Did you know that air conditioning was invented in Buffalo? As crazy as it may seem, this city, known for its snow, was the one to come up with the idea for the modern air conditioner.

Buffalo can have some pretty hot summers, but air conditioning wasn’t invented for human comfort. It was actually invented to control humidity in print shops in order to make printing more efficient during our city’s hot and muggy summer months. So there’s one Buffalo history fact for you.


Buffalo must have had a pretty rich printing history to inspire an invention to make the process more efficient. Back in its heyday of the late 1800s and early 1900s, Buffalo, along with other major cities, operated quite the printing industry. From The Buffalo News to small community newspapers, Buffalo needed printing presses to keep its booming population informed. Some of these print shops live on today, like Gallagher Printing, which was originally founded in the basement of one of Buffalo’s West Side homes. Today these kinds of print shops have kept up with demand by adapting to and incorporating modern printing technology.

Other historically known print shops have transformed into something entirely different over the years. Did you know that a portion of today’s Roycroft Inn used to be a print shop? The founder of Roycroft, Elbert Hubbard, along with the rest of the community of artists at Roycroft, are credited with founding the Arts & Crafts movement in America. Hubbard was originally a printer, though, and, while the Roycroft Campus was transformed into an inn during his lifetime, he maintained his identity as a printer. After the Roycroft Campus transitioned to its new form, Hubbard opened another print shop across the street, this one with 22 presses.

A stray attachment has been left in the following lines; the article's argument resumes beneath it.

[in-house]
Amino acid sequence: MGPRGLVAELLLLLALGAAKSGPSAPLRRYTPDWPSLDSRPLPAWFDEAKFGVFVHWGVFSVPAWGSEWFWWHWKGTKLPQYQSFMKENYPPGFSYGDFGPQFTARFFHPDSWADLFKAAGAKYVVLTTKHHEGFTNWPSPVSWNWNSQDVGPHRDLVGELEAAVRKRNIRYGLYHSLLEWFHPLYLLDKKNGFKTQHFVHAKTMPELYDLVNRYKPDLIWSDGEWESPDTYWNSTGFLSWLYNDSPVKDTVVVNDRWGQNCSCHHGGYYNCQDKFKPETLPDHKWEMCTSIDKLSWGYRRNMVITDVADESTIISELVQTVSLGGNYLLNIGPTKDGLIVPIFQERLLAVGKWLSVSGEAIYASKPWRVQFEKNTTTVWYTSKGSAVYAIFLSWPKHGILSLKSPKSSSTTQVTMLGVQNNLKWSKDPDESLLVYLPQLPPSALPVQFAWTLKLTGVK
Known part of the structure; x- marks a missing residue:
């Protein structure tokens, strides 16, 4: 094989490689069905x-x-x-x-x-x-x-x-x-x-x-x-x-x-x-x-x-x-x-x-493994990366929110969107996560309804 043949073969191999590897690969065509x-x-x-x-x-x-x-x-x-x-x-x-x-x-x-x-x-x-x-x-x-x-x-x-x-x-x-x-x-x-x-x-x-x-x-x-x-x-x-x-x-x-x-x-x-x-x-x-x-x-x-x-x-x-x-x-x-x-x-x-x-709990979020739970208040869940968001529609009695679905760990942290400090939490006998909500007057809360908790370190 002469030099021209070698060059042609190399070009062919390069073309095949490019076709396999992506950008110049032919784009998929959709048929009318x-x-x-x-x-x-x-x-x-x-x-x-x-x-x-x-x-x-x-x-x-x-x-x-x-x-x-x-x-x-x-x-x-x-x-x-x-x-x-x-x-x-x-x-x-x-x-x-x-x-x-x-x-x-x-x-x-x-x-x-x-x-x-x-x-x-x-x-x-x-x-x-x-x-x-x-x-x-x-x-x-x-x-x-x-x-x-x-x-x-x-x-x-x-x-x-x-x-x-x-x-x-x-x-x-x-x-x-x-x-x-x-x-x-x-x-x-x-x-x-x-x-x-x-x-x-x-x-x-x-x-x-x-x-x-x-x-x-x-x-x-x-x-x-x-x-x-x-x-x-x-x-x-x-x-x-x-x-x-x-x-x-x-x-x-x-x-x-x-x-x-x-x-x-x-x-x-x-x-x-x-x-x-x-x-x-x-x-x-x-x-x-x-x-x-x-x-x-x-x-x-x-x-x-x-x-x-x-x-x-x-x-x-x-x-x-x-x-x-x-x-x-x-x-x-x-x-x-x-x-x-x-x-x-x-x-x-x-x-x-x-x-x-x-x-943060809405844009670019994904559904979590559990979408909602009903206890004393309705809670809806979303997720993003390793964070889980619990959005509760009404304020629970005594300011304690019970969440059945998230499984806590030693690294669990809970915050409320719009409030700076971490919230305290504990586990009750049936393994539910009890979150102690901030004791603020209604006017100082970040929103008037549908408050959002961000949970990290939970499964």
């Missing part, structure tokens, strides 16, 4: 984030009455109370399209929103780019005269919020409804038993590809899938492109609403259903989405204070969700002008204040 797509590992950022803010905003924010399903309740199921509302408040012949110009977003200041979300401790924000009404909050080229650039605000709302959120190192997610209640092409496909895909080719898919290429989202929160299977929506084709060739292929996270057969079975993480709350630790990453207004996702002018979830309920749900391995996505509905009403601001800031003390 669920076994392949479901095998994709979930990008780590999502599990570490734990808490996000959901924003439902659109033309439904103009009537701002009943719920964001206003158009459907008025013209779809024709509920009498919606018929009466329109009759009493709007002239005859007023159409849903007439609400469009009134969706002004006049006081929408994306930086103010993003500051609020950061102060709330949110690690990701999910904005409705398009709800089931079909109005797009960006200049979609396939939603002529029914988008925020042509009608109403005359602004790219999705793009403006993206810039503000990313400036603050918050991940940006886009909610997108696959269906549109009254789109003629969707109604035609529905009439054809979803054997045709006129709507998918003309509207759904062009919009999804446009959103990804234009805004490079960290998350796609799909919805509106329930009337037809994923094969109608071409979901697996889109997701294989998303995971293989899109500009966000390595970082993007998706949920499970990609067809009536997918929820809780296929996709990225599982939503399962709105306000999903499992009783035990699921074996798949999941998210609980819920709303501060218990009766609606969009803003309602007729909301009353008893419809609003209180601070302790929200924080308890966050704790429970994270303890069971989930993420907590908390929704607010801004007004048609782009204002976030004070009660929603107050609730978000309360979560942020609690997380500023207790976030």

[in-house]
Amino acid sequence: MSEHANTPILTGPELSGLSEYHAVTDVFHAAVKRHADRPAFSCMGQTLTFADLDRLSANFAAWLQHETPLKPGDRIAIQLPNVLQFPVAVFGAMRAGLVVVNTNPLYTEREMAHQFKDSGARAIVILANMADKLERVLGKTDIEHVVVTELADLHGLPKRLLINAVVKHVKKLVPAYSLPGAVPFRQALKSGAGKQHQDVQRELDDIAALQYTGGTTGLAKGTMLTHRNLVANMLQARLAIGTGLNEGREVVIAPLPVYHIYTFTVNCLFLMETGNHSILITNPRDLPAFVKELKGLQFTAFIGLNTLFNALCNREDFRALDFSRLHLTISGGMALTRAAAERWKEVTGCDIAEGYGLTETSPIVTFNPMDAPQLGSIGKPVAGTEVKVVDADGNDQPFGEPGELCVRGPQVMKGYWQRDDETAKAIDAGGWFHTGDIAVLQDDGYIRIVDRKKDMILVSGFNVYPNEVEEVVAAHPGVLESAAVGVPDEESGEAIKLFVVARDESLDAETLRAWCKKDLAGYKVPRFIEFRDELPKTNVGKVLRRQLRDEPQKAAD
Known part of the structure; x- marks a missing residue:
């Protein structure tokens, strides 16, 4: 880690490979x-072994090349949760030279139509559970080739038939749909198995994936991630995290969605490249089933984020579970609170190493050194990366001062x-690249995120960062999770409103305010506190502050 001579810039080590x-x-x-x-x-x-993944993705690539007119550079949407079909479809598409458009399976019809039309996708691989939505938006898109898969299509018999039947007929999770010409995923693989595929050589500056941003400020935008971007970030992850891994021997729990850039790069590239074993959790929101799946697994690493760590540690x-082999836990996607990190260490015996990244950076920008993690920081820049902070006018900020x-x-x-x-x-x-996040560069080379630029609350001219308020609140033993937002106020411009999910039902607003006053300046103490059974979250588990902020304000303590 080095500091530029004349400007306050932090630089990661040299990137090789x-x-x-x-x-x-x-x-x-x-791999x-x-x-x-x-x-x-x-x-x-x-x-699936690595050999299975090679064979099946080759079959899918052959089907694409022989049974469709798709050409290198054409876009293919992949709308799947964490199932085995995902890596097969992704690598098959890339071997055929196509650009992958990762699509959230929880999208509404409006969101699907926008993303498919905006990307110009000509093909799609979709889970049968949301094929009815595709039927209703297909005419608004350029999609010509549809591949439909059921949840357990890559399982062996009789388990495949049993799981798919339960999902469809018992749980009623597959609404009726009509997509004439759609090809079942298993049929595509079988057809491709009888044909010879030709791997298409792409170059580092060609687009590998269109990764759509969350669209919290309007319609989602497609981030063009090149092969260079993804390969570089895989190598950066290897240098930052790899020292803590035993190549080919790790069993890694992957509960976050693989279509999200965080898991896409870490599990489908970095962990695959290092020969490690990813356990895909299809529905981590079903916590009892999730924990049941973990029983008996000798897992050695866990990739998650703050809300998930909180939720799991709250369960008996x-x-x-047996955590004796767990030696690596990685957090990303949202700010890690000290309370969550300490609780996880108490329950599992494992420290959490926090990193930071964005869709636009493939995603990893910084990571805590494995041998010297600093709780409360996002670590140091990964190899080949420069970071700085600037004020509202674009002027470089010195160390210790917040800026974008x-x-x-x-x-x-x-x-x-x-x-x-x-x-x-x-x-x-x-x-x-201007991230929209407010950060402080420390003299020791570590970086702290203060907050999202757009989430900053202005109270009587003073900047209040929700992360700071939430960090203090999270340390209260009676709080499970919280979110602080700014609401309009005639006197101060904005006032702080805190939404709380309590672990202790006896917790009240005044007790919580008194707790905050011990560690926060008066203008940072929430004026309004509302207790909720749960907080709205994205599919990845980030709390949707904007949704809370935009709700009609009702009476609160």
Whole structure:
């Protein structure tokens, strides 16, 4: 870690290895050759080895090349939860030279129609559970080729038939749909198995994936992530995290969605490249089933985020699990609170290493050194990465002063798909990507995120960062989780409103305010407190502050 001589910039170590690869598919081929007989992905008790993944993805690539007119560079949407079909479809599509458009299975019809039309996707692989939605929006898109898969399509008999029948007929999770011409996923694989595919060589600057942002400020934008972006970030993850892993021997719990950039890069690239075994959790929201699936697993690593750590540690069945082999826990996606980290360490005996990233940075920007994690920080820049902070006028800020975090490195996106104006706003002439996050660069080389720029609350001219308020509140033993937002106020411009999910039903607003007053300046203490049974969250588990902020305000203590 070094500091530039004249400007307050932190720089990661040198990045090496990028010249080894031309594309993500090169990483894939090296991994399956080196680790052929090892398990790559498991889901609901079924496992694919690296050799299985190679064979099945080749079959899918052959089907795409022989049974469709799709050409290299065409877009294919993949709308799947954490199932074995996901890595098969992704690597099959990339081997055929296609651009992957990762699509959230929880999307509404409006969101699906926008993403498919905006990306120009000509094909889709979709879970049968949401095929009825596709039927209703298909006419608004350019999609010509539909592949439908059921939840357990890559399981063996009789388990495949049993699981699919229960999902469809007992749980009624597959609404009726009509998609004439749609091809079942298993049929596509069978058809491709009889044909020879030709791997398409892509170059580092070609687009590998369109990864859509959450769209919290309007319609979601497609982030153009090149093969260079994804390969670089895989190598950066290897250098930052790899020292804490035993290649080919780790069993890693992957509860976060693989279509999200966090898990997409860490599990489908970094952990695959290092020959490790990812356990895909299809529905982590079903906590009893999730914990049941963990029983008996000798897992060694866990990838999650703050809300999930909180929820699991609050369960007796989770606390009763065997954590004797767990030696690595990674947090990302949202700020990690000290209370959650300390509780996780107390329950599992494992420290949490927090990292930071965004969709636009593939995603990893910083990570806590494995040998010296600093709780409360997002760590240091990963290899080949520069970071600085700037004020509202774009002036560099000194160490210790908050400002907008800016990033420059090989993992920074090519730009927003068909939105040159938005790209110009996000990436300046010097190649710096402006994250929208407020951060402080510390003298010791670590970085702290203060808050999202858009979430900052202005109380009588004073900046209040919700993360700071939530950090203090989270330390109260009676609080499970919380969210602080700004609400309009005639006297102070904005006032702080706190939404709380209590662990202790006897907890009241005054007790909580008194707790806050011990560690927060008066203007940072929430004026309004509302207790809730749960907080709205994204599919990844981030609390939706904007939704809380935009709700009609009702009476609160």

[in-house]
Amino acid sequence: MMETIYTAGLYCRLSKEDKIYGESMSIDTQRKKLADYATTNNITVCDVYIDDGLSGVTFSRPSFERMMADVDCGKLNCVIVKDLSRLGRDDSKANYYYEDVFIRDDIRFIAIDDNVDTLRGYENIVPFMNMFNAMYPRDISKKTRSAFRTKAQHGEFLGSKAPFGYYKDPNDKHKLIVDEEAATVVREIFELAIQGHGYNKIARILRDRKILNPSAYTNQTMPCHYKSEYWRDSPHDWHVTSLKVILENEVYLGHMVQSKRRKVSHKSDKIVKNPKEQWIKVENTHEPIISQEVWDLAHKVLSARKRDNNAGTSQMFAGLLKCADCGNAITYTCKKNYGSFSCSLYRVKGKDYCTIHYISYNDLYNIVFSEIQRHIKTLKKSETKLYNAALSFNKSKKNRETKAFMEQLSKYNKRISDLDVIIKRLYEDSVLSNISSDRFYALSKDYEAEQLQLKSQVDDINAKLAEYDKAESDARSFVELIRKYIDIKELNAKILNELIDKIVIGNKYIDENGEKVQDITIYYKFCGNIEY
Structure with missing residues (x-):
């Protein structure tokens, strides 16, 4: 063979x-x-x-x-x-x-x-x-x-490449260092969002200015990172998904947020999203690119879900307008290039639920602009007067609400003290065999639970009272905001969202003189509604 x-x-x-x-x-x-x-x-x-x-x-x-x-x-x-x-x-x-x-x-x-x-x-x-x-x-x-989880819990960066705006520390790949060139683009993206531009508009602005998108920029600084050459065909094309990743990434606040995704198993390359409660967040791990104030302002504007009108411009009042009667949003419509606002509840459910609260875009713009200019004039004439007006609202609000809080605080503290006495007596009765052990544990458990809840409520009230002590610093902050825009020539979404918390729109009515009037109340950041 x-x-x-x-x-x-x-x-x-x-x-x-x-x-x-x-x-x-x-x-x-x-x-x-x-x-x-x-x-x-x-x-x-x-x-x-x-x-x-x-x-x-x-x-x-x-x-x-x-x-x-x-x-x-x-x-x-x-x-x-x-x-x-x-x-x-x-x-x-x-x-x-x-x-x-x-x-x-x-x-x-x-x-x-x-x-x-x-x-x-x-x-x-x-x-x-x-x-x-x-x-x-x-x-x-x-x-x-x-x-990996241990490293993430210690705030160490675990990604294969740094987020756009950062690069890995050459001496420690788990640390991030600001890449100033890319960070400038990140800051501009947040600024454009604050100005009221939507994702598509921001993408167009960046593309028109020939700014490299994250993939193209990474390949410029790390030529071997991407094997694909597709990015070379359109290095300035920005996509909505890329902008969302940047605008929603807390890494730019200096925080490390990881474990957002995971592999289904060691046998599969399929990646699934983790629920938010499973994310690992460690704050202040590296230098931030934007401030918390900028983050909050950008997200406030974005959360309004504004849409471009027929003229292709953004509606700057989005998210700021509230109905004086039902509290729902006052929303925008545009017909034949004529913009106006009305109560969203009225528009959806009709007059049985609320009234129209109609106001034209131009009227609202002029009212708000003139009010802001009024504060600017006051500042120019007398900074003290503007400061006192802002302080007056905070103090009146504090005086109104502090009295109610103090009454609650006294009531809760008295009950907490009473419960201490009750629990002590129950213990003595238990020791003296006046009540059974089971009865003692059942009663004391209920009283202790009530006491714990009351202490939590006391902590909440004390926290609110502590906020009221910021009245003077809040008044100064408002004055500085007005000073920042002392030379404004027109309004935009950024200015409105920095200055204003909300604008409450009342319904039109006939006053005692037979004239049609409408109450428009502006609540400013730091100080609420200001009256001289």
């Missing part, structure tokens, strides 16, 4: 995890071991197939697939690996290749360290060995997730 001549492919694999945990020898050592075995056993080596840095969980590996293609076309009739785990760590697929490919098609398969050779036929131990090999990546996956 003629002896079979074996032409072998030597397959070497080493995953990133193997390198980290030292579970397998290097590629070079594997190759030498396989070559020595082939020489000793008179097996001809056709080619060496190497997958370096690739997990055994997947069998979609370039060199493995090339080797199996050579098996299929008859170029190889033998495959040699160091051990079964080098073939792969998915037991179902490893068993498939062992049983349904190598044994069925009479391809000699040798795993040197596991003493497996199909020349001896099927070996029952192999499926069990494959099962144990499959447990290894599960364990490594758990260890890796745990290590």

1800s                                                                 Today

Buffalo’s identity as the home of the Arts & Crafts movement has always had an influence on the printing culture here. You can see it in the design of Winchell, the first typeface ever designed in Buffalo. When Edward Everett Winchell was designing the typeface that bears his name, he was not shy about incorporating his arts & crafts tendencies, mixing square serifs with almost hand-drawn curves.

Today, the history of printing in Buffalo lives on as a craftsman’s movement. Vandercooks like the ones once used to print daily newspapers are preserved in places like WNYBAC for use in printing limited-run prints and other printing jobs that are shorter in nature, and more suited for the thought that goes in to hand-setting type.

WNYBAC is entering our 12th year as an organization, and our 11th in our downtown home. We started with only 2 founders, 3 board members, and a vision, and we’ve grown from there. At the beginning of the year we added our fourth full-time staff position, welcoming Nicole Cooke as the Assistant Executive Director. We also rely on our interns, volunteers and apprentices who are all just as dedicated to the organization. With each passing year WNYBAC grows our outreach and impact as we seek to continue Buffalo’s printing history and make the book arts more accessible to everyone in our community.

Just like Winchell and Buffalo’s early printers, we’re all craftspeople here at WNYBAC, and dedicated to preserving the printing history of Buffalo. From the typefaces we use, to the presses we maintain, we know our roots with the history of Buffalo’s printers.